Diary of a Buy to Let Purchase Part 17 - If Carlsberg made tenants – shame the same can’t be said for the tax man

Being a landlady has really proved to be quite lovely. More than a year in and I have had no issues. If Carlsberg made tenants, they would probably have made mine.

I will admit it, I have been feeling pretty good about the whole thing.  Until last week when THE DREADED EMAIL arrived from Companies House, telling me that my accounts were due – in three weeks’ time. 

For those of you that have read this blog from the beginning, you may well recall my very nonchalant comment, that I would not be engaging an accountant for something as simple as my company.

Rent in, mortgage payment out, right?

How hard could preparing the accounts be?  I am now seriously regretting this statement! While nothing has changed in terms of what the company does, now I am faced with the prospect of having to actually do this, I am having a serious volte face. Kind of…

Most normal people would simply call an accountant. Let’s face it, August isn’t exactly tax return time so I should be able to find one with time on their hands. I know this is what I should do, but me being me, a stubborn old bag, I’ve decided that I am going to do this myself, mainly because I want to understand how it works and what’s involved.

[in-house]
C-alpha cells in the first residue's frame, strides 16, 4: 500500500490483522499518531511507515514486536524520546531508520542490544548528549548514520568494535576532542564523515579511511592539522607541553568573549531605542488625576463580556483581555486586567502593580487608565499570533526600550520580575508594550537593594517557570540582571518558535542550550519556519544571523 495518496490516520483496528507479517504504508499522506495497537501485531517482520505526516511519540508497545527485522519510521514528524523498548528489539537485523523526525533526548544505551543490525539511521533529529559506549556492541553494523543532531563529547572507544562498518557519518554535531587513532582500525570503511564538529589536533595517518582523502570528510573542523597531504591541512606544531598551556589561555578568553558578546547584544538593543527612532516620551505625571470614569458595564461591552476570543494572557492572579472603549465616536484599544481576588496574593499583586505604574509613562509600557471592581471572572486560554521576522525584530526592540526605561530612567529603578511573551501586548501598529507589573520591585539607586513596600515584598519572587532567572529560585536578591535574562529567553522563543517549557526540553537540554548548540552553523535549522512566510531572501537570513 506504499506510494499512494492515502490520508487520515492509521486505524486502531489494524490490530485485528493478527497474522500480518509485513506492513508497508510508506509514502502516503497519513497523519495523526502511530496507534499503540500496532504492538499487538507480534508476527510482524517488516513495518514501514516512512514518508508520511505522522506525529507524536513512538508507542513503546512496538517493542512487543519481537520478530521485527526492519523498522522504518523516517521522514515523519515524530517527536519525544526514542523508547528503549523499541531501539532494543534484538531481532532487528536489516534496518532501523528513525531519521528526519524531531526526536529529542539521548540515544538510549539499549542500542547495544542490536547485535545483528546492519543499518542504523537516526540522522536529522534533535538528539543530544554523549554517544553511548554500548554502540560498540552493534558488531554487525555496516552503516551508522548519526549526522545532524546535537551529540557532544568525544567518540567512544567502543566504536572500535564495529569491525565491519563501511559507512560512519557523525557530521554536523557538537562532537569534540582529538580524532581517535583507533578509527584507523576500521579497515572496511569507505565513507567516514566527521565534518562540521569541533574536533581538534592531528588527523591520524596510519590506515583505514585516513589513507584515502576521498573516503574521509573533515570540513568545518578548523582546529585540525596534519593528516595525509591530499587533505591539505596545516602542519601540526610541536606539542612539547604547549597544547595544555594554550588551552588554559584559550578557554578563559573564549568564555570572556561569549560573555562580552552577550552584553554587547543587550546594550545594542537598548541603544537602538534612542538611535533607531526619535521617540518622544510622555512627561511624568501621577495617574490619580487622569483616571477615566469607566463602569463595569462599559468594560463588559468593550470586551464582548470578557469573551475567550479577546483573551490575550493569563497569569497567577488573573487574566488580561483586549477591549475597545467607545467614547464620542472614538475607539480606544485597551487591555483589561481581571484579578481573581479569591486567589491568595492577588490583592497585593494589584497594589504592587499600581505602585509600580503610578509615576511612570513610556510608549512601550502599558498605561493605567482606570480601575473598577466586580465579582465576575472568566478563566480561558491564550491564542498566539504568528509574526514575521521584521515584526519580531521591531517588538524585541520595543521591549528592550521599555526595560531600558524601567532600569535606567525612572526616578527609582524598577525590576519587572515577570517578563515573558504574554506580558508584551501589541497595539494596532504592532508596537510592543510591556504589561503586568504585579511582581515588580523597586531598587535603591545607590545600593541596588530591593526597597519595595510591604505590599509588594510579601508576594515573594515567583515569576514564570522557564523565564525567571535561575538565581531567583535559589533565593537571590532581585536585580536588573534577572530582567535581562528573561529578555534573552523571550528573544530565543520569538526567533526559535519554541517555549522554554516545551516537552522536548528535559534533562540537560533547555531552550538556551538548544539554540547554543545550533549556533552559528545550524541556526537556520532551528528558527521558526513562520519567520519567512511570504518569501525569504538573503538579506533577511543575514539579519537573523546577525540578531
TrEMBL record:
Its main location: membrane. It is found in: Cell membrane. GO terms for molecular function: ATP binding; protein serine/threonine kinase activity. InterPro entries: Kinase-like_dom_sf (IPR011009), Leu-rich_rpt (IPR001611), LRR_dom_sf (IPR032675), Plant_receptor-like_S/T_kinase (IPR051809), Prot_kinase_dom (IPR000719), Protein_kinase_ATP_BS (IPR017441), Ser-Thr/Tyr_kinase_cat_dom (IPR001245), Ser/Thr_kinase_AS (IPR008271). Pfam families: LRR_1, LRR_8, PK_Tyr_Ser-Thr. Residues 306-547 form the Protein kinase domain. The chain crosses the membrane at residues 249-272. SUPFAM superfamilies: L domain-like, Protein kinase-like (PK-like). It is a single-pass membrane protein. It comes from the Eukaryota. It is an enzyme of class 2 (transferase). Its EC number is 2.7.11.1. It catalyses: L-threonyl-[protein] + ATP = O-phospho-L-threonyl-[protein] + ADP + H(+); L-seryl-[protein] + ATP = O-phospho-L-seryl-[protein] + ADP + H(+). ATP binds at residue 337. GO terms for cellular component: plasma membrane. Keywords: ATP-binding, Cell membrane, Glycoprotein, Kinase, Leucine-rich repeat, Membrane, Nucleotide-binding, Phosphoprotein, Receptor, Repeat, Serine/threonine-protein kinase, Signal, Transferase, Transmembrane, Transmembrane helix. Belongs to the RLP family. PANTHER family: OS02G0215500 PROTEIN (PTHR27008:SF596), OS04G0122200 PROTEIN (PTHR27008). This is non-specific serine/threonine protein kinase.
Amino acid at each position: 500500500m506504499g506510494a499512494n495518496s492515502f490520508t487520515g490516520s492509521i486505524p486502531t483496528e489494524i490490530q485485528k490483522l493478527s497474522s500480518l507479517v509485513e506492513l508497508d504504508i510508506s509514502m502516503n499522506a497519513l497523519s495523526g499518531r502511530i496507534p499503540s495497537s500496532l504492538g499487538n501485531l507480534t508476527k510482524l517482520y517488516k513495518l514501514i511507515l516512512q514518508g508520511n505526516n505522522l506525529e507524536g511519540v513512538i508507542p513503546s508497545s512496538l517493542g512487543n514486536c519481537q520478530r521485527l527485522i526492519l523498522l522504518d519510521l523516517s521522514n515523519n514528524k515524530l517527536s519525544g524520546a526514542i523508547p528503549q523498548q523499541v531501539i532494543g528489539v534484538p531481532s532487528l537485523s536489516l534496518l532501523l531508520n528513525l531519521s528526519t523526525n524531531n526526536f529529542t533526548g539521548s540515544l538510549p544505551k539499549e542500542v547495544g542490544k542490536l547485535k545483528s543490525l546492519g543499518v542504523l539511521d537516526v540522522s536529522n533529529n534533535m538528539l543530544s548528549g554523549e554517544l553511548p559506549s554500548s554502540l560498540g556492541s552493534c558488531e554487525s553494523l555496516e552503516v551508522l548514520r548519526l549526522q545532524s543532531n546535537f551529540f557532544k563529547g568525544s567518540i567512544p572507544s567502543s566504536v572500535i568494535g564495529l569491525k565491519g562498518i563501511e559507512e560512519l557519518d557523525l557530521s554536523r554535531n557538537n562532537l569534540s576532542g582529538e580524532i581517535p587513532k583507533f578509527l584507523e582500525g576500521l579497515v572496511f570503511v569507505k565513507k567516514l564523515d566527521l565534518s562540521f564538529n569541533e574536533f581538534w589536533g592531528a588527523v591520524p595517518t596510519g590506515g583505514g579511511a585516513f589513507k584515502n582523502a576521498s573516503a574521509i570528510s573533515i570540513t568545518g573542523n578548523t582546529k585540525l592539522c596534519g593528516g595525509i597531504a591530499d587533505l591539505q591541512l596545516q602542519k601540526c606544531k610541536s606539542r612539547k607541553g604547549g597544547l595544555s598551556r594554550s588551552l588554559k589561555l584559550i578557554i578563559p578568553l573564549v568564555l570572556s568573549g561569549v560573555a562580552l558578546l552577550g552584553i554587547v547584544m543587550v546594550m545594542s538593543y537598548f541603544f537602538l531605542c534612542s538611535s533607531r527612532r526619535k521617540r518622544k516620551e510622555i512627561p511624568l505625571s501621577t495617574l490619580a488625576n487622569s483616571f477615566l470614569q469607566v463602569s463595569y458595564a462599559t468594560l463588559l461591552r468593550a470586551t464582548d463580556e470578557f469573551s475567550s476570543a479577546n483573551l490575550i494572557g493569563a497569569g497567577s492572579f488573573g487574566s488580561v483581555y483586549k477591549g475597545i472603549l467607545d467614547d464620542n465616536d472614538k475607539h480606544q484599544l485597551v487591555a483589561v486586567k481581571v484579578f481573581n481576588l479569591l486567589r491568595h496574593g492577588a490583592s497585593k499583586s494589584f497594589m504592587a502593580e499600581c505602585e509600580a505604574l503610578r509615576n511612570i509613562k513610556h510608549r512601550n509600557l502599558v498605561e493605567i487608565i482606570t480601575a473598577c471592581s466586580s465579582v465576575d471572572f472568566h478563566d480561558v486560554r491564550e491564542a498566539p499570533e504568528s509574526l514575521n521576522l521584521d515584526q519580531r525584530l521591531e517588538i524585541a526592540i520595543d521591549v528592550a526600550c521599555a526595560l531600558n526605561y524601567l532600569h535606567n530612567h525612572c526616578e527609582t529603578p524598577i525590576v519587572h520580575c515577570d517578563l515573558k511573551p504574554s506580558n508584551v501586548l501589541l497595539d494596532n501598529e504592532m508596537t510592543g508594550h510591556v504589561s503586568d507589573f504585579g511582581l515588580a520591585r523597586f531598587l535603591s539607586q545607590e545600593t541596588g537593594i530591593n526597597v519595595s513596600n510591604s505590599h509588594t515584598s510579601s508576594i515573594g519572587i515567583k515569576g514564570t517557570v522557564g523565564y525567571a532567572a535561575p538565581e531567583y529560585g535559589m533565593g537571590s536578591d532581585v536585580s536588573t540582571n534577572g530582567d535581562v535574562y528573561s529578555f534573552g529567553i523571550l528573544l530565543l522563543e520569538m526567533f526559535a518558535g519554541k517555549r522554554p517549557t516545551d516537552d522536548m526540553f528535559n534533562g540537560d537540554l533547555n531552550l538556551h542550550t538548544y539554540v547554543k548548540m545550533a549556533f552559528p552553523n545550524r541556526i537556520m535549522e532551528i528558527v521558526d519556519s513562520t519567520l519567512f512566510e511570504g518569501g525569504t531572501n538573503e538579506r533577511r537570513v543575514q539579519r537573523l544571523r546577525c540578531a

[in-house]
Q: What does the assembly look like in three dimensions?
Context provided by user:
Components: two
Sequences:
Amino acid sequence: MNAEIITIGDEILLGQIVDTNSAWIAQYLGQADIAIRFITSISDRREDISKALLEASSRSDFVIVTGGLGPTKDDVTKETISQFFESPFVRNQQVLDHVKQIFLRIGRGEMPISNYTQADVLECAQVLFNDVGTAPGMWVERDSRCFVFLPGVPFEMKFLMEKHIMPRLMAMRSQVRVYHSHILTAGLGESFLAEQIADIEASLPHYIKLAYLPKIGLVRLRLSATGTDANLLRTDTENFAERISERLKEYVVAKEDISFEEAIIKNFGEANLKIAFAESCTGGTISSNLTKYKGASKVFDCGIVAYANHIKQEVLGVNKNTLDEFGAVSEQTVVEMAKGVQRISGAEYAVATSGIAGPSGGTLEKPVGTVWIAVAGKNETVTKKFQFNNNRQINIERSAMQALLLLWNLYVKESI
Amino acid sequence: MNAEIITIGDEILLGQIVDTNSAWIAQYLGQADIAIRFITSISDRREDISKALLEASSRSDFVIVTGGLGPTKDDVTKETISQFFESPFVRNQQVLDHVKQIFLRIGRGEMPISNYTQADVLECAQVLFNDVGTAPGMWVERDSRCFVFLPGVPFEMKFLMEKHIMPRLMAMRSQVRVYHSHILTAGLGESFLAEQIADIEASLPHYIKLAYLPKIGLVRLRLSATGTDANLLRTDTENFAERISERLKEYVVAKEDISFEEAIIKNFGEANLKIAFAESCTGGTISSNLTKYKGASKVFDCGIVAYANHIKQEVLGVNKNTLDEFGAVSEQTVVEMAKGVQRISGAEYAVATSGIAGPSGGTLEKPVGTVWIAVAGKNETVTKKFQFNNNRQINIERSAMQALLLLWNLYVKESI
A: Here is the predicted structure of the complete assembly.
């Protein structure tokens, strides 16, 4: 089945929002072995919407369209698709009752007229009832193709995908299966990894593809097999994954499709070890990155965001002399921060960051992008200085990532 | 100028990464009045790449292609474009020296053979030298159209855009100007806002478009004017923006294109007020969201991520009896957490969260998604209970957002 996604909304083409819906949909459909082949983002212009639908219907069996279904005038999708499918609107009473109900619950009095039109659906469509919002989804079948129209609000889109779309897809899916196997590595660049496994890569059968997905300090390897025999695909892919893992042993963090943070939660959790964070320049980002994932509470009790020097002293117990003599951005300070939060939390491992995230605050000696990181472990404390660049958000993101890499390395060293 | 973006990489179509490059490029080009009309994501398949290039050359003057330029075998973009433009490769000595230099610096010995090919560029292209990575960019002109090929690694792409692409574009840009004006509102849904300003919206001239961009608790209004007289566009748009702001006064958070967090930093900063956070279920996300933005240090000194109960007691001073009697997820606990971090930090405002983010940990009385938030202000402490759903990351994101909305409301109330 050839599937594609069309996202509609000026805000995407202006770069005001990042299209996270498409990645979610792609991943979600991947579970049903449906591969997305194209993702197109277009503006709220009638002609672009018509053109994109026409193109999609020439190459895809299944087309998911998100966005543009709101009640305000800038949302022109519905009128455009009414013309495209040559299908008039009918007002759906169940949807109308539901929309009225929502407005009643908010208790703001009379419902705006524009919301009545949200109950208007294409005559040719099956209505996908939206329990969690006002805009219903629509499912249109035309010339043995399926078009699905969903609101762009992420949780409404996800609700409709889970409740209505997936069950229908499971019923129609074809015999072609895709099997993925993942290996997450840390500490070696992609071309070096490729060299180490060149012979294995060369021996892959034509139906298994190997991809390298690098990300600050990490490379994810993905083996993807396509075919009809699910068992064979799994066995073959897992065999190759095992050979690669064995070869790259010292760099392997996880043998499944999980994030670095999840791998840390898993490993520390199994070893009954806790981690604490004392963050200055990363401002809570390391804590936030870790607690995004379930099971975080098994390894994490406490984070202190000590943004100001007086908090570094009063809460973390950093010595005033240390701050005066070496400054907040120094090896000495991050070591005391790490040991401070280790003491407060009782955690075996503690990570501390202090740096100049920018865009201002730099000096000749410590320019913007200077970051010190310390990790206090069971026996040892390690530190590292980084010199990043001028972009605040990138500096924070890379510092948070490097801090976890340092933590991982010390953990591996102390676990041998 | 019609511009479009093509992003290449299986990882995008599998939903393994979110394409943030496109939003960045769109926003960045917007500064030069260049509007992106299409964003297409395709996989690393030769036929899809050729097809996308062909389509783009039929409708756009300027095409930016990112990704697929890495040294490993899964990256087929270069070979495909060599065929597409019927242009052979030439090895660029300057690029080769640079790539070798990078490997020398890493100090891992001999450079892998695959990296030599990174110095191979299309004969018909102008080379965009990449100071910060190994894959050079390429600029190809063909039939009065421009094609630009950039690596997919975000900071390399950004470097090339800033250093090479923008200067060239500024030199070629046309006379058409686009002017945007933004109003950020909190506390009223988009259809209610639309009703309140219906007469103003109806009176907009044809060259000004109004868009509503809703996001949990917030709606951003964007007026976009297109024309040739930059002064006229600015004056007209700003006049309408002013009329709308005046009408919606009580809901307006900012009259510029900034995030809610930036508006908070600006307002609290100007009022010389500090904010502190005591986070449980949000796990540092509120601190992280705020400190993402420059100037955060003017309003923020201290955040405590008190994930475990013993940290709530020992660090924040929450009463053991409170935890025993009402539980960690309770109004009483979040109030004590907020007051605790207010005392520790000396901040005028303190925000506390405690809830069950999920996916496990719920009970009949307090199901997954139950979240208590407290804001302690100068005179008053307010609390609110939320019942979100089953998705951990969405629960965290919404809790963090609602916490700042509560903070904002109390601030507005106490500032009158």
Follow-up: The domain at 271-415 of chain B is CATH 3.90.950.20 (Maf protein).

Of course, I will be blogging again in a few weeks to let you know how it went – should be interesting.

In the meantime, please send gin...

 

Diary of a Buy to Let Purchase

Follow Jeni as she recounts her experiences of becoming a buy to let investor for the first time.

Part 1 - It was that or a Range Rover

Part 2 - I've made £800 already and I haven't got the mortgage yet

Part 3 - The demise of Nathaniel Pig

Part 4 - Call off the dogs...

Part 5 - @***** bank account

Part 6 - Business bank account interview or Center Parcs?

Part 7 - Reality bites...

Part 8 - The method behind the madness

Part 9 - Join me in a buy to let fist pump?!

Part 10 - The silence is deafening  

Part 11 - Throwing toys out of prams

Part 12 - Stuck with the Mini... for now

Part 13 - Time is running out

Part 14 - The end of my sad little tale...

Part 15 - Just call me Peggy

Part 16 - A year on my buy to let portfolio grows by default

 

You may also be interested in:

Setting up an SPV Limited Company 
Buy to let lenders which offer mortgages to limited companies usually require the limited company to be an SPV (Special Purpose Vehicle). Jeni explains what one is and how to get one.

Stamp Duty FAQs
Jeni answers the most commonly asked questions around SDLT - including information on mixed use properties and non-residential Stamp Duty rates.

How to maximise borrowing and remortgage your buy to let within 6 months of purchase
It can be difficult for landlords to remortgage within six months of purchase let alone maximise borrowing, so it’s refreshing to see that Keystone will lend more than most in these scenarios.

Residential Stamp Duty Calculator

Non-residential Stamp Duty Calculator

 

Author